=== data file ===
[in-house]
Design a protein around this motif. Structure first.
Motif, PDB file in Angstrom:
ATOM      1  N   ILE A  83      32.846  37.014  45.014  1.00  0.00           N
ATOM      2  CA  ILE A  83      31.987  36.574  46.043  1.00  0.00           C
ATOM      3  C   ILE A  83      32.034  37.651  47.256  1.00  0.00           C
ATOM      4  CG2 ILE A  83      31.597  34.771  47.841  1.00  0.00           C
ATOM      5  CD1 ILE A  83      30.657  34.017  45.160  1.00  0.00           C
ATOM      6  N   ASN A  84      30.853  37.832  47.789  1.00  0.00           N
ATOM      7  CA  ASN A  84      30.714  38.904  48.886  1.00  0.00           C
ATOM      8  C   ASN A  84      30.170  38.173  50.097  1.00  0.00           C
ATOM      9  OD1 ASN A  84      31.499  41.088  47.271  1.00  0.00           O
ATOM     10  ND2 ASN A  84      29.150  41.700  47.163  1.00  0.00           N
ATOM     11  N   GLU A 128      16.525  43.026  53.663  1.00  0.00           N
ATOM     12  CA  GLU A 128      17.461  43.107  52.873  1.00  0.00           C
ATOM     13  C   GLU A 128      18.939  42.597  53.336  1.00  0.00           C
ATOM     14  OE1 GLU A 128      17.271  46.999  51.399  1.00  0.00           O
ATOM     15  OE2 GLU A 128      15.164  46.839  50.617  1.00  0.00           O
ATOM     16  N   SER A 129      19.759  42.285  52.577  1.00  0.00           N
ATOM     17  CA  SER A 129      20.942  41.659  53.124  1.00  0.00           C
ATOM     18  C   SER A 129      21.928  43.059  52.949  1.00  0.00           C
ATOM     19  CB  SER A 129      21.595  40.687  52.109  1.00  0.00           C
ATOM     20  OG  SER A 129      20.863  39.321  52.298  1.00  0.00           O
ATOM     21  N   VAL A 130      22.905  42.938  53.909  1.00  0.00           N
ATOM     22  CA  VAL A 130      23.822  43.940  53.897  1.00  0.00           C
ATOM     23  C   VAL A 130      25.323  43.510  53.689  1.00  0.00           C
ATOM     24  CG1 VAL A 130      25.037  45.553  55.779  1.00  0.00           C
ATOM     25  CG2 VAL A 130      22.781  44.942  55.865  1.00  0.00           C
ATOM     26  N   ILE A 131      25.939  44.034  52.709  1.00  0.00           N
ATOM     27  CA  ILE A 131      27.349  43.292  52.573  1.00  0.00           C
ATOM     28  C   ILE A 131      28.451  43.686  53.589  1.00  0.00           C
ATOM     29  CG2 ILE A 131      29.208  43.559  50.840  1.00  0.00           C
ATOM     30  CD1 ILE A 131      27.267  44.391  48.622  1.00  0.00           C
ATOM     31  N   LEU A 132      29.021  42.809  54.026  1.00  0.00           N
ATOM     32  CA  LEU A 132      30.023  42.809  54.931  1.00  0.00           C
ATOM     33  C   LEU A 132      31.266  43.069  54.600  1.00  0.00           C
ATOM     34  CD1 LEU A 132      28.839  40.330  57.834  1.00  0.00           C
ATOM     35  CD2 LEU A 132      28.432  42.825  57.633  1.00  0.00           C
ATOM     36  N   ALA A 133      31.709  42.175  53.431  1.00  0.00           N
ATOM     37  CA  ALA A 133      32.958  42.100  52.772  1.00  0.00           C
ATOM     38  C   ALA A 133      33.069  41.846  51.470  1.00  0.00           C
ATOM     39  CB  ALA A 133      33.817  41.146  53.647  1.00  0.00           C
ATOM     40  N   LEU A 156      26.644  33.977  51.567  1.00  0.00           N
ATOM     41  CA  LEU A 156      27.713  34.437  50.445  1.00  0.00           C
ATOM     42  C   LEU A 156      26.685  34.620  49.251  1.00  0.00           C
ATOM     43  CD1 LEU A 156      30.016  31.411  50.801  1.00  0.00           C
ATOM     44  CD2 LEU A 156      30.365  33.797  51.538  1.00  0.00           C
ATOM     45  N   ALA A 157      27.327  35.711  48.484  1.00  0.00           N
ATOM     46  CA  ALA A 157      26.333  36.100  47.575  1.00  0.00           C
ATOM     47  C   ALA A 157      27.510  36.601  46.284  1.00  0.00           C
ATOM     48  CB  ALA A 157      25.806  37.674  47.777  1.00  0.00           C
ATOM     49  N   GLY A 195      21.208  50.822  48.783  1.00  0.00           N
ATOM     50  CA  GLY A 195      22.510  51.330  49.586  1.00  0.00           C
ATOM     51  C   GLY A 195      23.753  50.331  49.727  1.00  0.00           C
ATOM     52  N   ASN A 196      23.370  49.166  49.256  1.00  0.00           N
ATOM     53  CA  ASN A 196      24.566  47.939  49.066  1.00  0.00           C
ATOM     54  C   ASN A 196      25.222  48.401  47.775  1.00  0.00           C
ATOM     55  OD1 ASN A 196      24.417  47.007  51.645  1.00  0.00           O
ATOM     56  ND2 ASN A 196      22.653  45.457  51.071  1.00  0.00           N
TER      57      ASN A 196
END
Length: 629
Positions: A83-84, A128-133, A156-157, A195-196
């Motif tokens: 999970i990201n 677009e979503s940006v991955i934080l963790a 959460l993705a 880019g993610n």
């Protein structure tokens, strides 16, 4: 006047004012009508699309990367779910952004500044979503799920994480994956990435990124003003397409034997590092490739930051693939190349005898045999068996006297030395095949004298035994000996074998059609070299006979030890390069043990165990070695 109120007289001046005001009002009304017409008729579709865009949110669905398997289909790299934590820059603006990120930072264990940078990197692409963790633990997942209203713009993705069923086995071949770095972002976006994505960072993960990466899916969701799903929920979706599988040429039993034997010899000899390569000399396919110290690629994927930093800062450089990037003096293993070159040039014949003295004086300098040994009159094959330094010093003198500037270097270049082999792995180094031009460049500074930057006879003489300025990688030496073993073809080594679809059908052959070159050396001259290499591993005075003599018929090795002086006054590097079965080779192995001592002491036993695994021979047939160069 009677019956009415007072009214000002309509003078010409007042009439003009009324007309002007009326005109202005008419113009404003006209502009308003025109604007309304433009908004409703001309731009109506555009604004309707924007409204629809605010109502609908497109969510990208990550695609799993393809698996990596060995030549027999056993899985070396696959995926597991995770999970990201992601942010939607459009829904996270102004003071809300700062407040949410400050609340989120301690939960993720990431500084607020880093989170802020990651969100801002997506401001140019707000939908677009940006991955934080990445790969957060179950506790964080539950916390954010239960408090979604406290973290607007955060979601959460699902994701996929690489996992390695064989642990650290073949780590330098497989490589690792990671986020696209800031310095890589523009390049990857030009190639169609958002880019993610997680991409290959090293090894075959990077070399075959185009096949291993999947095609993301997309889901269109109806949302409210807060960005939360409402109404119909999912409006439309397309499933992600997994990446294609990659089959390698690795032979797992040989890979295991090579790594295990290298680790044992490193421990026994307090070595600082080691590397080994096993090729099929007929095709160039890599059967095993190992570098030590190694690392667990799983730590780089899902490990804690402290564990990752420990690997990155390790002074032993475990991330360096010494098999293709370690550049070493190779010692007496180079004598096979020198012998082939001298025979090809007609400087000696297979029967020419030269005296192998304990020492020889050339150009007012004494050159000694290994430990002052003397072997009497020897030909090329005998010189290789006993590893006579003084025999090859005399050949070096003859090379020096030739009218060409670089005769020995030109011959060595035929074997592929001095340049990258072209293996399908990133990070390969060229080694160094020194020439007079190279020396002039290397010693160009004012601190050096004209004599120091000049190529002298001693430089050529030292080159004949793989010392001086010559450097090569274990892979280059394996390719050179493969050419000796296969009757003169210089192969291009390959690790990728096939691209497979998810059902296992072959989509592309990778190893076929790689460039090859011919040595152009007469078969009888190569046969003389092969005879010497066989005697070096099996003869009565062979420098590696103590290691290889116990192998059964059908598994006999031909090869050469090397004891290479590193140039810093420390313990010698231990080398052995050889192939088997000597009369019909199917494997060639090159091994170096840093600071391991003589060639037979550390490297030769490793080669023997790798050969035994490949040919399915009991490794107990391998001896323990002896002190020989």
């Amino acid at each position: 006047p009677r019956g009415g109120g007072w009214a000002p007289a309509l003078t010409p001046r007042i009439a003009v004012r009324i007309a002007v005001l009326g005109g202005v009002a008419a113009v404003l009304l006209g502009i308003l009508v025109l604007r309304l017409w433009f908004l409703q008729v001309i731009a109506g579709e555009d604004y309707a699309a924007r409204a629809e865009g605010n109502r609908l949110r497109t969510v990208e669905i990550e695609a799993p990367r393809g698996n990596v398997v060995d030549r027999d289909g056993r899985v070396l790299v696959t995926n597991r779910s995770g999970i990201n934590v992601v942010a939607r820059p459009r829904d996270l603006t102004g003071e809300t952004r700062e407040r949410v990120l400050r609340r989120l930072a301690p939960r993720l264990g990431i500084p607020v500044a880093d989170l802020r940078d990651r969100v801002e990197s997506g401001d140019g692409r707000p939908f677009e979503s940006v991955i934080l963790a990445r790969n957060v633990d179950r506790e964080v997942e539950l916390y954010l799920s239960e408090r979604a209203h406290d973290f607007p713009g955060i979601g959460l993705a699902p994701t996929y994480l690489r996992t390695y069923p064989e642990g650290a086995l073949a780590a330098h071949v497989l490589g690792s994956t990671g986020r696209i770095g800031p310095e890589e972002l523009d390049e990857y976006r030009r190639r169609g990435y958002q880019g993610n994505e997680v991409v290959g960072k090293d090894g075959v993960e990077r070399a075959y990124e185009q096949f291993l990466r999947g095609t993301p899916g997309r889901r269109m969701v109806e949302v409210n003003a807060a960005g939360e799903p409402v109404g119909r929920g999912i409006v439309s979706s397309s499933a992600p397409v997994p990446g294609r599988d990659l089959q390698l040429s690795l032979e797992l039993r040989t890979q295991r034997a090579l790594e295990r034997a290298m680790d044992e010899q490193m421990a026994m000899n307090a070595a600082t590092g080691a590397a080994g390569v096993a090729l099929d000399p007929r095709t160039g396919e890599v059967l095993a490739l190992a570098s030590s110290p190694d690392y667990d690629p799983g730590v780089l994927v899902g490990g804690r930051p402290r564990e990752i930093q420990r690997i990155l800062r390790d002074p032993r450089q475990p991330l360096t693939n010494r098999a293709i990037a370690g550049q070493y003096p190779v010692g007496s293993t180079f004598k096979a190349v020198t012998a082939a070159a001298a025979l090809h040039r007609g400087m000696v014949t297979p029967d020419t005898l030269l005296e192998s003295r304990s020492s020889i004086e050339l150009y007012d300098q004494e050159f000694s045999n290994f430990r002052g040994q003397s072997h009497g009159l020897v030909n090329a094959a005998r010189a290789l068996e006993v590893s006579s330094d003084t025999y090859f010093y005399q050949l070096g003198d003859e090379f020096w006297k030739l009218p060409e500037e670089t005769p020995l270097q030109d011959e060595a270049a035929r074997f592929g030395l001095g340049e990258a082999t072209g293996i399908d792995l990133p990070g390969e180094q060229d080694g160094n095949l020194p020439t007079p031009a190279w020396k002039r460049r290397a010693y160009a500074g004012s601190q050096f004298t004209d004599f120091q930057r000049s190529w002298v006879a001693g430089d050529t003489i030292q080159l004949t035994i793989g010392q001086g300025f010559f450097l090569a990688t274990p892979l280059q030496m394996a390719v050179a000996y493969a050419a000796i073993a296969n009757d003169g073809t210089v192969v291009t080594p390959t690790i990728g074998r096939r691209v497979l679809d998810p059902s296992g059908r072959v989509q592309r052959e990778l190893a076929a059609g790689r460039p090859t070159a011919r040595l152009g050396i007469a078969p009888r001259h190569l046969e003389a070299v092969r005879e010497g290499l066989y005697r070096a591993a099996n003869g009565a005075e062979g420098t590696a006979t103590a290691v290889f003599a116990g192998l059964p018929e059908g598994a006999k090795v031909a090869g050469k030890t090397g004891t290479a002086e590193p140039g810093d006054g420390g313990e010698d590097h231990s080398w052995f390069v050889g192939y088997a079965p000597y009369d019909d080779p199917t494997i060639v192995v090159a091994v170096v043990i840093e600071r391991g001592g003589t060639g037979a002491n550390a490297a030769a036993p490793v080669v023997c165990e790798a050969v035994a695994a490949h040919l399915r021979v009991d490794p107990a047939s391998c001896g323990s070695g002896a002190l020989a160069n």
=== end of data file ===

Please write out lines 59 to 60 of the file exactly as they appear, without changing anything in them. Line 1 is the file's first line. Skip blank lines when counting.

ATOM     56  ND2 ASN A 196      22.653  45.457  51.071  1.00  0.00           N
TER      57      ASN A 196